September is usually the month that can’t decide whether it’s done with summer, or isn’t yet ready for autumn. It’s like that transition period between good times in not-bad weather, and the kold seasons of hibernation and/or winter projects. The ninth month of the years also happens to be suitable timing for an “end-of-show-season” show. Dav and co. came back up north to Three Sisters Circuit in Wigan to put on exactly that.
With the Civik being “fully” road-ready with its recently calibrated ECU courtesy of Jesse ‘JCal’ Halford, the event was an opportunity for me to give the car a proper-ish shakedown. So on 26th September, over to Lancashire I went, camera gear and Arai lid in hand, to check out what Hondas other Northerners would bring out to the show.
You might have spotted the title and are wondering what I mean by it. Well, I’m gonna have to admit that maybe until only recently – say, a few months ago – I had a pretty cynical and negative view of the “scene” here in the north end of England. I’ve always had a somewhat bleak perception of how cars are modified up these ways. Don’t get me wrong, I’m fully aware that high-quality builds do exist, but I still do think they’re either few and far between, or they just don’t really see the light of day that often.
It’s been a classic case of “greener grass on the other side” and all the sick cars I’ll see online based in the UK, will be down south, up in Scotland, or over in Ireland. I’d say my awareness has expanded, especially since the Mimms event put on at Croft. For years, all I’ve ever really consumed in terms of car-related information has been via the worldwide-web. The events and meets I’ve attended locally haven’t really ever blown me away. I mean, there’d be a few cool things that I’d never seen before and happen to be owned by someone in a neighbouring city/county, but I dunno, here in the UK not many people have the disposable income to invest into their builds (or the patience to save up funds). But this also makes me appreciate those that do have the persistence and patience to hold onto their hard-earned money for those genuine parts, instead of blowing it all on shoddy rep wheels and eBay bodykits.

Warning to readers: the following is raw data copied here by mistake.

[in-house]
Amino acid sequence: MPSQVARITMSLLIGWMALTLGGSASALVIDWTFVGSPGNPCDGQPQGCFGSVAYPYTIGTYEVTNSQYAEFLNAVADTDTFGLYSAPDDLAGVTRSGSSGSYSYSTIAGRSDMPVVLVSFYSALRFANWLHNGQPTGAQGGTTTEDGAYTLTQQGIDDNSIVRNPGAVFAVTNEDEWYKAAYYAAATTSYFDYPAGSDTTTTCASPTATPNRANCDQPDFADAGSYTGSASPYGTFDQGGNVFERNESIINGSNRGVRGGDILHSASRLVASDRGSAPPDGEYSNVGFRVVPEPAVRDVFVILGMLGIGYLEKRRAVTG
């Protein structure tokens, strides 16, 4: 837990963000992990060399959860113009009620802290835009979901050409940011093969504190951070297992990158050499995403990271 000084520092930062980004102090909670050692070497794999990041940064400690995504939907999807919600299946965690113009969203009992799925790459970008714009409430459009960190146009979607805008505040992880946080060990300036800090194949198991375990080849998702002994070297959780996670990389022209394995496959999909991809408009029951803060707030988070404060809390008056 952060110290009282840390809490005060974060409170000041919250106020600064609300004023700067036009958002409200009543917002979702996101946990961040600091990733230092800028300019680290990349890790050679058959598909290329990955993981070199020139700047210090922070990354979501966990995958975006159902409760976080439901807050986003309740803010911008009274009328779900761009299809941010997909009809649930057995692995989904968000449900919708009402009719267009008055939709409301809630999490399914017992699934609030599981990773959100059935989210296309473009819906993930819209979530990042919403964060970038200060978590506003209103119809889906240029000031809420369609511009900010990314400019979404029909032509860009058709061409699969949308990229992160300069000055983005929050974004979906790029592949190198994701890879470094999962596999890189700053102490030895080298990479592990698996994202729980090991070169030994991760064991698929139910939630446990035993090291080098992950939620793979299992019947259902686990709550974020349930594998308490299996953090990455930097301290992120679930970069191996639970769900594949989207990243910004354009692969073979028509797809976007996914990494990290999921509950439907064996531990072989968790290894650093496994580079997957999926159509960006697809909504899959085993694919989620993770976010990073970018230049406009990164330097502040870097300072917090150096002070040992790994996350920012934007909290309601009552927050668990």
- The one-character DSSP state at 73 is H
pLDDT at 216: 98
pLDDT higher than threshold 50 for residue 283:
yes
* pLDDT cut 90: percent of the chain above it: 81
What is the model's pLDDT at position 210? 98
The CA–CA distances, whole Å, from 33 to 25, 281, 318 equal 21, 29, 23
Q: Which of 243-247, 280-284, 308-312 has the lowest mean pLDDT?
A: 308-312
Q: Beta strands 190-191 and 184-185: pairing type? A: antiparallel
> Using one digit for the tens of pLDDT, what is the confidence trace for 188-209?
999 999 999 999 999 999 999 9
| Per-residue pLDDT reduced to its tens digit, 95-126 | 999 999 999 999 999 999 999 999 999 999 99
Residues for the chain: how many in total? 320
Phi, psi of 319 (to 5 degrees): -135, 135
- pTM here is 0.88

That leads me on to this nigh-on perfect example of a pre-facelift EP3 Civic Type R.
I hold my head in shame for not taking more photos of this, as it was undeniably one of the cleanest seventh-gens I’ve ever laid eyes on.
EP3 is a chassis code synonymous with the UK Honda scene, unsurprisingly, as the car was assembled on our nation’s land. Unfortunately, a lot of them are either hideous thanks to the owners’ and their bad choices in modifications, or the sills have shit themselves beyond repair.
At Mimms, it was nice to come across one that the owner truly cared about, and it showed. I’m sure the owner told me the odometer read around 80,000 miles, but the paint looks like it’s got half that figure on it.
K-Tuned dress-up bits all over the K20A2.
I booked a 20-minute track session as soon as I parked up in the back corner of the car park (can’t blame Mimms staff for putting me there, the paint was/still is a shambles). Whilst I waited until it was my time to put the stock suspension to the test on the go-kart track, I went for a stroll and browsed the show-and-shine stand.
Carl Plant’s EG Civic has a trick or two up under its bonnet, so don’t let that mellow Carnival Yellow paint fool you.
The car’s front end features moderately aggressive modifications consisting of a Mugen lip, custom canards and foglight blanking plates, along with the classic swap-in of the JDM amber-indicators.
Uber-rare rims made by Work Wheels back in whatever decade, these Pietra Corse items are JDM gold dust no doubt! Looking at other sets online, they featured a centre hub cover that resembled a centre-lock nut, so I’m guessing these are from the mid-to-late 1990s.
Dunno if that was litter or the owner was saving his drink for later?
Pretty unsuspecting interior with a pair of blue Recaro SR4 recliners *hint hint*…
…and a Spoon Sports steering wheel. But peep that AFR gauge made by AEM to the right-hand side of the steering column.